While I was looking at the pine trunks, an unusual orange circular shape at the base of one caught my eye. Appearing almost like a target from a sideshow game, I wasn’t sure from a distance what it was – it could almost have been something artificial.

This remarkable shape at the base of one of pines stood out for me as an unusual sight in the forest.

This remarkable shape at the base of one of pines stood out for me as an unusual sight in the forest.

 

 

 

 

 

 

Closer view of the dyer's mazegill fungus (Phaeolus schweinitzii) at the base of the pine.

Closer view of the dyer’s mazegill fungus (Phaeolus schweinitzii) at the base of the pine.

When I reached the tree itself, I saw that it was a fungus, and I suspected immediately that it was the dyer’s mazegill (Phaeolus schweinitzii), a polypore fungus that has been used for a long time as a source of colour for natural dyes. I’ve seen this species on pines in Glen Affric before, but always fruiting on the trunk of the trees, whereas this one was emerging from the roots, right where they joined the tree’s trunk.

There in fact several of the dyer's mazegill fungi at the base of this pine. Two can be seen here, while there were another two on the other side of the tree.

There were in fact several of the dyer’s mazegill fungi at the base of this pine. Two can be seen here, while there were another two on the other side of the tree.

Back at home later on, I was able to ascertain to my own satisfaction that this was the correct identification for the fungus, and this was also confirmed by Liz Holden, the mycologist who helps me with fungal IDs. Dyer’s mazegill occurs throughout Europe, Asia and North America and causes stem rot on conifers, including pines. It is unusual amongst polypores for growing out of tree roots – most of the others fruit as brackets on the trunks.

Remembering my original purpose for the day, I saw a bright patch of flowering heather at the base of another pine, so I went to have a closer look.

Closer view of the downy birch seedling amongst the flowering heather.

Closer view of the downy birch seedling amongst the flowering heather.

Downy birch seedling (Betula pubescens) amongst some heather (Calluna vulgaris) at the base of a Scots pine.

Downy birch seedling (Betula pubescens) amongst some heather (Calluna vulgaris) at the base of a Scots pine.

 

 

 

 

 

 

The heather was just at the peak of its blossoming, with vivid purple flowers all over it.

The heather was just at the peak of its blossoming, with vivid purple flowers all over.

 

 

Another close up view of the massed blossoms of the heather.

Another close up view of the massed blossoms of the heather.

 

 

 

 

 

 

 

Heather in blossom with bracken changing colour and a group of Scots pines behind.

Heather in blossom with bracken changing colour and a group of Scots pines behind.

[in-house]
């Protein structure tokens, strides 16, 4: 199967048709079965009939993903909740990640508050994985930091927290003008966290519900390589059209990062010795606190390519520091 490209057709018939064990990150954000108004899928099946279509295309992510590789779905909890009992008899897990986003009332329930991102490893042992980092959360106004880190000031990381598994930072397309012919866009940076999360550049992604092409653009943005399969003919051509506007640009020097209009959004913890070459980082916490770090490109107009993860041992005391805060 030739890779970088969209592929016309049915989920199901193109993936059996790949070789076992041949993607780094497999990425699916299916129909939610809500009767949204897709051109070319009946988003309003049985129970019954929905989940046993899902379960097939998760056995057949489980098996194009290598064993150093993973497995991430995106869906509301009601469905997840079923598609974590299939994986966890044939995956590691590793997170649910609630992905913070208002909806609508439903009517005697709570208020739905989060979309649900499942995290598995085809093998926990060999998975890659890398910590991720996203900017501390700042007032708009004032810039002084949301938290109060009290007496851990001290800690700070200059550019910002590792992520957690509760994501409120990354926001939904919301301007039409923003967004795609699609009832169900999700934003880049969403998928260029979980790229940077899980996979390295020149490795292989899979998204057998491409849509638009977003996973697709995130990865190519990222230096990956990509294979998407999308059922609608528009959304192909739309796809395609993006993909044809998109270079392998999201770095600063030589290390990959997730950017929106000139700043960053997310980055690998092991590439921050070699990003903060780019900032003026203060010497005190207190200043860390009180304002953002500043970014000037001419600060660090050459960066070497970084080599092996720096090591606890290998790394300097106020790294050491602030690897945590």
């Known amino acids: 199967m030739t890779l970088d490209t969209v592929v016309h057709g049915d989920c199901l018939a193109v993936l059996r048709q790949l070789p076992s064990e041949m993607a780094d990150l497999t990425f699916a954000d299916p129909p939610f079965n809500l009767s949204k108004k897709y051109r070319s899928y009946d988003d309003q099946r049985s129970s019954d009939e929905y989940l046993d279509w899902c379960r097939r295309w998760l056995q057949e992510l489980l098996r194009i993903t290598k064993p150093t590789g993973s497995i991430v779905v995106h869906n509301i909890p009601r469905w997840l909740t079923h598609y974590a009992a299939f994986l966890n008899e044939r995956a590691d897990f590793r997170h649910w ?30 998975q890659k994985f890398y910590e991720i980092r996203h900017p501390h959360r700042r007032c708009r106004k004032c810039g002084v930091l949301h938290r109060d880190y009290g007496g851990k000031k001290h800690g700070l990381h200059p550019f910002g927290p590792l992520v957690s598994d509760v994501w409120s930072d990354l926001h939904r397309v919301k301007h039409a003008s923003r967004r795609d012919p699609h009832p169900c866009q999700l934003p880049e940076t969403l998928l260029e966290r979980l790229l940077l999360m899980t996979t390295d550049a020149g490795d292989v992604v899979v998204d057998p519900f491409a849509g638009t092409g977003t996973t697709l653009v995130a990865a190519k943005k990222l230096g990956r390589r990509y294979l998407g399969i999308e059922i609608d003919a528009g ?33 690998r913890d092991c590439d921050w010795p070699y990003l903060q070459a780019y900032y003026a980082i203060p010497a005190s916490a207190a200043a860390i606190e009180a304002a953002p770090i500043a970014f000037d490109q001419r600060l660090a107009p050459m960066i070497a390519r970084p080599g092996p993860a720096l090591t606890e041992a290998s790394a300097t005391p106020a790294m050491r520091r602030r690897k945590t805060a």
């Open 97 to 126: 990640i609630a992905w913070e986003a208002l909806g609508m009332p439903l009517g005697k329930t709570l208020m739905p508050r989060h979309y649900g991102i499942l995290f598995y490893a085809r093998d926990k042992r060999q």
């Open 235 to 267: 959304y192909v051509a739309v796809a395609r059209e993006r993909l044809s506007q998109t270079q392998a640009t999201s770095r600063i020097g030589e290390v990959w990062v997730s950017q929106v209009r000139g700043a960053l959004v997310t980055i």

Unlike the heather elsewhere in the woodland, this patch didn’t appear to have been grazed. This was because it was growing next to the base of a Scots pine which had the upturned root plate of a fallen birch tree next to it, and that made it relatively inaccessible to the deer. It was scenes like this that I had been hoping to encounter on this trip, so I was very pleased to find this beautiful clump of heather in full bloom.

Walking further into the woodland, I came across some other patches of larger heather plants, also similarly in abundant blossom. Their lilac shades made an attractive colour combination with the bracken, which was changing from its summer green hue to its bright yellow of early autumn, before turning brown and dying back in the winter. This is the time of year when I can really appreciate bracken, as it can be very difficult to walk through at its height in the summer, especially when it’s taller than me, and it’s also notorious for harbouring deer ticks.

The bracken fronds change colour at slightly different rates to each other, as illustrated by the two in the foreground of tis image.

The bracken fronds change colour at slightly different rates to each other, as illustrated by the two in the foreground of tis image.

The bracken here though was quite small in size, most likely because the canopy of the pines above was restricting its growth due to the limited amount of light reaching the forest floor underneath.

Ground level view of the heather and bracken, with a stand of Scots pines behind.

Ground level view of the heather and bracken, with a stand of Scots pines behind.

 

 

 

 

 

 

 

Growing on a hummocky slope, this patch of heather must have been less accessible to the deer, as it was larger and less suppressed by grazing than those on flatter ground nearby.